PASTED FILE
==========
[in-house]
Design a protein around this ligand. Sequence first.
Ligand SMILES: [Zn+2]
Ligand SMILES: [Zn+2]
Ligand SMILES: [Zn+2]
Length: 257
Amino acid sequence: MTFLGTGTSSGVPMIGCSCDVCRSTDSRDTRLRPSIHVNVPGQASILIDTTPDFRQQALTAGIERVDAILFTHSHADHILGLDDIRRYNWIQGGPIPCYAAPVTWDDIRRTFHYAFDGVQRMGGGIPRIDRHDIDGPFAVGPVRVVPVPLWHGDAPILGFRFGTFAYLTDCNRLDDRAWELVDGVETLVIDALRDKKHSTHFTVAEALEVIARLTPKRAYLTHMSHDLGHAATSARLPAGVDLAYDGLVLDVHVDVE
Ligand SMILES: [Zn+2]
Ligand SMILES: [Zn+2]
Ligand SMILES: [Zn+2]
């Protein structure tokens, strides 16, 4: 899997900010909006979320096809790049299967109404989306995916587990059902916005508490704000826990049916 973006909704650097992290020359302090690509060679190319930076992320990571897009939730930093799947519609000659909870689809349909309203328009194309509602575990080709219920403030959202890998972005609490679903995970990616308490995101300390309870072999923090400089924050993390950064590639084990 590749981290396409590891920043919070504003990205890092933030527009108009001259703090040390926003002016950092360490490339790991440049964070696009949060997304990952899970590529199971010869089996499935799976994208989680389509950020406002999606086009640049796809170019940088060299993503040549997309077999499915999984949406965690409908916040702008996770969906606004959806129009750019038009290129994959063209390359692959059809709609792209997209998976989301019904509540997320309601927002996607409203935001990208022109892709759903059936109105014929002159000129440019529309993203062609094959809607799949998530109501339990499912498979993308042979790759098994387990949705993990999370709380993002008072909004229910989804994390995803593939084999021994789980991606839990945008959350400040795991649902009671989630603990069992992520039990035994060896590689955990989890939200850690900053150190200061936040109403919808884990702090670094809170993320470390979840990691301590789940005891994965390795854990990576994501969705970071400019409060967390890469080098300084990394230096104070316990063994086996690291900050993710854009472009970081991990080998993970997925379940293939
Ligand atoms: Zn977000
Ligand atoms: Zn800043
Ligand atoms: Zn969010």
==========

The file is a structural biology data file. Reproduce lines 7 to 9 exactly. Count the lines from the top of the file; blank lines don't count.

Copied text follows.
Amino acid sequence: MTFLGTGTSSGVPMIGCSCDVCRSTDSRDTRLRPSIHVNVPGQASILIDTTPDFRQQALTAGIERVDAILFTHSHADHILGLDDIRRYNWIQGGPIPCYAAPVTWDDIRRTFHYAFDGVQRMGGGIPRIDRHDIDGPFAVGPVRVVPVPLWHGDAPILGFRFGTFAYLTDCNRLDDRAWELVDGVETLVIDALRDKKHSTHFTVAEALEVIARLTPKRAYLTHMSHDLGHAATSARLPAGVDLAYDGLVLDVHVDVE
Ligand SMILES: [Zn+2]
Ligand SMILES: [Zn+2]